Invisible Ink began as a series of blog posts I wrote when I was deeply embedded in the fangirl culture surrounding a certain rocker/actor/celebrity. His fan base is RABID to say the least, and I was very active within it.
In the last year or so, I have distanced myself from that fan base and, at the same time, prepared to transform my fan fic into the novella that became Invisible Ink.
I was still hoping, however, to tap into this particular fan base in order to sell the novella online. After all, people loved my story when it was free on Tumblr. Wouldn't these same girls pay $2.99 to read an improved, extended version of it?
One thing I didn't anticipate? The marketing of a book is kind of tricky if it started as a fan fic. After all, some readers might be turned off by my choice of celebrity and not buy the book if they figured out its origins. For example, I do not find Jake Gyllenhall attractive at all. If I found out a book I bought was about him, I probably would be turned off.
What's worse, marketing a book as "inspired by XYZ" it turns out is frowned upon by celebrities as an "unauthorized use" of their name. That's why, I guess, the extremely successful One Direction fan fiction turned novel "After" by Anna Todd never actually mentions 1D anywhere -- although Todd does use the band members' names. (Side note, who knew One Direction fan fic was where the money is?)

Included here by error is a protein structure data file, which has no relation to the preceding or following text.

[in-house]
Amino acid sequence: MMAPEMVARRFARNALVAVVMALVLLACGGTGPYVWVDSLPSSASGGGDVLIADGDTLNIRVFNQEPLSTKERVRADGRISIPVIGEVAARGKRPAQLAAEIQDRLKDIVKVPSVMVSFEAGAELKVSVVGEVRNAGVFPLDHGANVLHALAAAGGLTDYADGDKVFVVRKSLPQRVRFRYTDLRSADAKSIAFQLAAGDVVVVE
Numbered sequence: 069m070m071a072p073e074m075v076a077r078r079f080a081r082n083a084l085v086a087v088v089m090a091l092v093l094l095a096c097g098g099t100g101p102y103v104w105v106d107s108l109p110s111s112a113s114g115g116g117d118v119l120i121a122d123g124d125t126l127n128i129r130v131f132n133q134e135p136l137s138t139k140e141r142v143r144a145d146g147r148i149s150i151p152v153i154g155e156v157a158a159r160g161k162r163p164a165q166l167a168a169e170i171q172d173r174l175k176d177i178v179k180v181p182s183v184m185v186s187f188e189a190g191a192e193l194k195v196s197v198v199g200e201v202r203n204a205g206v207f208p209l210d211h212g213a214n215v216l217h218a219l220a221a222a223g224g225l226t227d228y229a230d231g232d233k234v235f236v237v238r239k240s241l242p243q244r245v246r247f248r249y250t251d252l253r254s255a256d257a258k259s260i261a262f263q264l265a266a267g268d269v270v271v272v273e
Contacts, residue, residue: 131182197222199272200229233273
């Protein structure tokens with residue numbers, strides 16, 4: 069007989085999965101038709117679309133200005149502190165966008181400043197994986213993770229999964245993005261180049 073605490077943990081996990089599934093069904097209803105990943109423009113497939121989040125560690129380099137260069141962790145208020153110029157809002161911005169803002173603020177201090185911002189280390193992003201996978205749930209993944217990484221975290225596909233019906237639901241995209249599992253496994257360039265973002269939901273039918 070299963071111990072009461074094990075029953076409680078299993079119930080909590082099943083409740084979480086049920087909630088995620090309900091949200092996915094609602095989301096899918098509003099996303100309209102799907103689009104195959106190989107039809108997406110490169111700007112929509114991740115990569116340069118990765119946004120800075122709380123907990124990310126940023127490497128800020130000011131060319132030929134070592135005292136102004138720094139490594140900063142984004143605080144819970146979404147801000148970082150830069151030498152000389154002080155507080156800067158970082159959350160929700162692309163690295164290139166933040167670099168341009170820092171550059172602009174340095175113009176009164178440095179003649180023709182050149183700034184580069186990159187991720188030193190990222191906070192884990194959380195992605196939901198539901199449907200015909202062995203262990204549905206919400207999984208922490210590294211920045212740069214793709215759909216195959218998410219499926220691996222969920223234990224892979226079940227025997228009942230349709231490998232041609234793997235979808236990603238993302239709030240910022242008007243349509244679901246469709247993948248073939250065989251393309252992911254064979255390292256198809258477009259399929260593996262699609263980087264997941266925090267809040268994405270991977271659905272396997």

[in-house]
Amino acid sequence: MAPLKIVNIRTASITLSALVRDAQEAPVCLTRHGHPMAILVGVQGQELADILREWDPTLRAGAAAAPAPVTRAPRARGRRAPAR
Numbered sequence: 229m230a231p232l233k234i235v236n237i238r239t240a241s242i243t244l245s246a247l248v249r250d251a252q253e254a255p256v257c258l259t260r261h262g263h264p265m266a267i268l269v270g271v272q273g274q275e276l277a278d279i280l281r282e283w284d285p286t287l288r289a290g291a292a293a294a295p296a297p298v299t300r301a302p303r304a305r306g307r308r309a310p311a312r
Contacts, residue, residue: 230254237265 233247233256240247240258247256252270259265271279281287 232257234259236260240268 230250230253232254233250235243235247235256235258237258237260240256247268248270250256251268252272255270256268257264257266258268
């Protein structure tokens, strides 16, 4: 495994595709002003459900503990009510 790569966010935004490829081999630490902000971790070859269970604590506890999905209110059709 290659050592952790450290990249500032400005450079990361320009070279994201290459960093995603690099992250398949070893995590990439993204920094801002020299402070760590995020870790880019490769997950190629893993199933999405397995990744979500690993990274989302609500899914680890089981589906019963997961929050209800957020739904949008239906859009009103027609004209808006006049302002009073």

Recently, after my book as released, someone working for my celebrity inspiration spotted an image on a Facebook group posted by one of my readers. The image said clearly "Inspired by XYZ" on it along with my book cover. My reader received an email from the celebrity staffer saying that the image had to be removed from the Internet. It was.
The question remains, should I tell readers who love this celeb that they should buy my book? Obviously, they will love it more than others will...seems like a great selling point, right? But it's a point I cannot make without possibly angering the celeb and his powerful fan base.
So...is it worth it?